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    Legumes are endowed with an opulent class of proteins called lectins that can detect tenuous variations in carbohydrate structures and bind them reversibly with high affinity and specificity. The genus Canavalia, in the family of Leguminosae, is considered to be an affluent source of lectin. An effort has been made to analyse the sequences encoded by the lectin gene and its carbohydrate binding pockets from three species of Canavalia, including C. virosa, C. rosea, and C. pubescens. Crude seed extract showed highest haemagglutination titer against buffalo RBCs and has high affinity to mannose and trehalose. Amplification of the lectin gene by gene-specific primers showed the presence of an 870 bp amplicon. Physicochemical characterization using various bioinformatic tools showed that the isoelectric point was below 7, suggesting that lectin molecules were acidic. A high aliphatic index and high instability index were observed, which indicated that lectin molecules were stable towards a wide range of temperatures. The occurrence of N-glycosylation sites at two sites was also identified in all three species. Prediction of secondary structure showed that approximately 59.05 %, 56.76 % and 54.88 % of the elements were random coils in the case of C. virosa, C. pubescens and C. rosea, respectively. Comparative modelling of the proteins and docking of hypothetical models with sugar moieties that inhibited the agglutination activity suggested that asparagine, serine, alanine, valine, tyrosine and threonine were the major residues involved in hydrogen bonding and other stacking interactions. This can further provide insights on its prospective antibiosis property. Copyright © 2021 Elsevier Ltd. All rights reserved.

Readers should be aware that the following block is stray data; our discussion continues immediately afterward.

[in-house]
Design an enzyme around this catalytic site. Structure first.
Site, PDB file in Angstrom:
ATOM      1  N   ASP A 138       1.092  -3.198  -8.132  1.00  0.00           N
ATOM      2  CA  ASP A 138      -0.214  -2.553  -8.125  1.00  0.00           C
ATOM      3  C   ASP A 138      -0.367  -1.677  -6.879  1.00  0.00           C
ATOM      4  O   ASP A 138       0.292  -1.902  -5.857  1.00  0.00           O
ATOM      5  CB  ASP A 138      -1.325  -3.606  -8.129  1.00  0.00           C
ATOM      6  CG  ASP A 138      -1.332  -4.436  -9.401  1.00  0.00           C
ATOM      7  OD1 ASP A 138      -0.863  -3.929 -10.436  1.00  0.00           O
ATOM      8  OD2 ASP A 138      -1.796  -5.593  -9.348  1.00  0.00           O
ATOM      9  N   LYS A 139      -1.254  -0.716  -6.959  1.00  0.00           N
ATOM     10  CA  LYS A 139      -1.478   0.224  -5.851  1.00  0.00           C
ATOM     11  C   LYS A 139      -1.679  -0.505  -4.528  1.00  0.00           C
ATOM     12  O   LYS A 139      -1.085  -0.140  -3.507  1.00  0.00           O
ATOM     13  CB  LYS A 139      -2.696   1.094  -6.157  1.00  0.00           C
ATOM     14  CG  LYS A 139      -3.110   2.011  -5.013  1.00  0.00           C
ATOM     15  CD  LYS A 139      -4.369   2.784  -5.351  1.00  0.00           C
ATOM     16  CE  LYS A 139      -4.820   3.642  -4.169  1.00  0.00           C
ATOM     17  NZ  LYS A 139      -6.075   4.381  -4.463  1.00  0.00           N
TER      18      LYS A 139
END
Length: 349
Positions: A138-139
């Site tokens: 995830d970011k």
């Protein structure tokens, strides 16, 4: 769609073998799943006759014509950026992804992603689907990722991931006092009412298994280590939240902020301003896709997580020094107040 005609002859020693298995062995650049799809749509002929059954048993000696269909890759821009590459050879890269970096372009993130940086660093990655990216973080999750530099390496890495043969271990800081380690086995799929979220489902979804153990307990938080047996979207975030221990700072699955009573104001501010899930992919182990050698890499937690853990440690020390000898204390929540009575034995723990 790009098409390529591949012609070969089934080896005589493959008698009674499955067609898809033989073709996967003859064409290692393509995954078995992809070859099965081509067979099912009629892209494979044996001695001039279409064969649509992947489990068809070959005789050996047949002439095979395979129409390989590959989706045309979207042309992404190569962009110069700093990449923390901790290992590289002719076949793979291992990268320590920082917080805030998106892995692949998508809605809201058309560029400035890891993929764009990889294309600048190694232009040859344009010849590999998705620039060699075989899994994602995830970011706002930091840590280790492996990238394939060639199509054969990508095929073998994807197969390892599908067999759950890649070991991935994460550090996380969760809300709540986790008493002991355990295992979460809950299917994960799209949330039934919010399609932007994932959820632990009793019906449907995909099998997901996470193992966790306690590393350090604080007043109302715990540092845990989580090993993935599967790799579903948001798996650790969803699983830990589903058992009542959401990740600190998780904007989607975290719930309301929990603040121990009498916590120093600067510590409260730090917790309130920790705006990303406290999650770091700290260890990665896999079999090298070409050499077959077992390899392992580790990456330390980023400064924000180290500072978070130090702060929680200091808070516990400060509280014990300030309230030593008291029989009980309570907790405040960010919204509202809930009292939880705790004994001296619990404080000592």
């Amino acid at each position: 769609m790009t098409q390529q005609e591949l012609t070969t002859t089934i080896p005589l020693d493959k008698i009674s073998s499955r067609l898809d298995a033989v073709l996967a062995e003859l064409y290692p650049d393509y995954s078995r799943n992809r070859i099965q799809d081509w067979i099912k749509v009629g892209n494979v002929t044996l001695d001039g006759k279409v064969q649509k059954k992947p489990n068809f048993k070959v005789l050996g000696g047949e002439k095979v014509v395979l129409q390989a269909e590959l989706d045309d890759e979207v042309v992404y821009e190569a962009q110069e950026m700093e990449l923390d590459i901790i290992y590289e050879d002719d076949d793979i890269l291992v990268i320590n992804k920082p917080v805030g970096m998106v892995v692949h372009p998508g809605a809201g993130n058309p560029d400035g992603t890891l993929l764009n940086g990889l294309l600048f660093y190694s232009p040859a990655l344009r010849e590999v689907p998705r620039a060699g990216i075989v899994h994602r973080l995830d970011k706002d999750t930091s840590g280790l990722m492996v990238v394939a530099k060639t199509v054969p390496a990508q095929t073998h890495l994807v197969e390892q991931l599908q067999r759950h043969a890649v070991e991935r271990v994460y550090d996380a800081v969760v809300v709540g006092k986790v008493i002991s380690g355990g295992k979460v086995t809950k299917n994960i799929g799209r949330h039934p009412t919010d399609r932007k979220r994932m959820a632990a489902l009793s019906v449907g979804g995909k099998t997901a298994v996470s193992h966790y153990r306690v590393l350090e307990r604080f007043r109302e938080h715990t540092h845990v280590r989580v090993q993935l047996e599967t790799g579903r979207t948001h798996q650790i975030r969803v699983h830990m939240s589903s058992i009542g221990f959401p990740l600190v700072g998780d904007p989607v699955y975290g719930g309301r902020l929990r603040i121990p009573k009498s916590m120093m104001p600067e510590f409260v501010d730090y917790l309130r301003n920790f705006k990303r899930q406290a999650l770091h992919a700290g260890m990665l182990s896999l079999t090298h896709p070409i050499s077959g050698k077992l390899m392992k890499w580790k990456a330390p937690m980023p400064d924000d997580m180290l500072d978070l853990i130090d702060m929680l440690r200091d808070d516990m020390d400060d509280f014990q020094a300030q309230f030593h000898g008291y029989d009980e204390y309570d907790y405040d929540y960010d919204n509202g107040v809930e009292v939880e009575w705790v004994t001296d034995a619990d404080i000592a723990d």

Ramanathan Nivetha, Mani Meenakumari, Sreeramulu Bhuvaragavan, Karuppiah Hilda, Sundaram Janarthanan. In silico analysis of carbohydrate-binding pockets in the lectin genes from various species of Canavalia. Computational biology and chemistry. 2021 Jun;92:107477

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    PMID: 33773472

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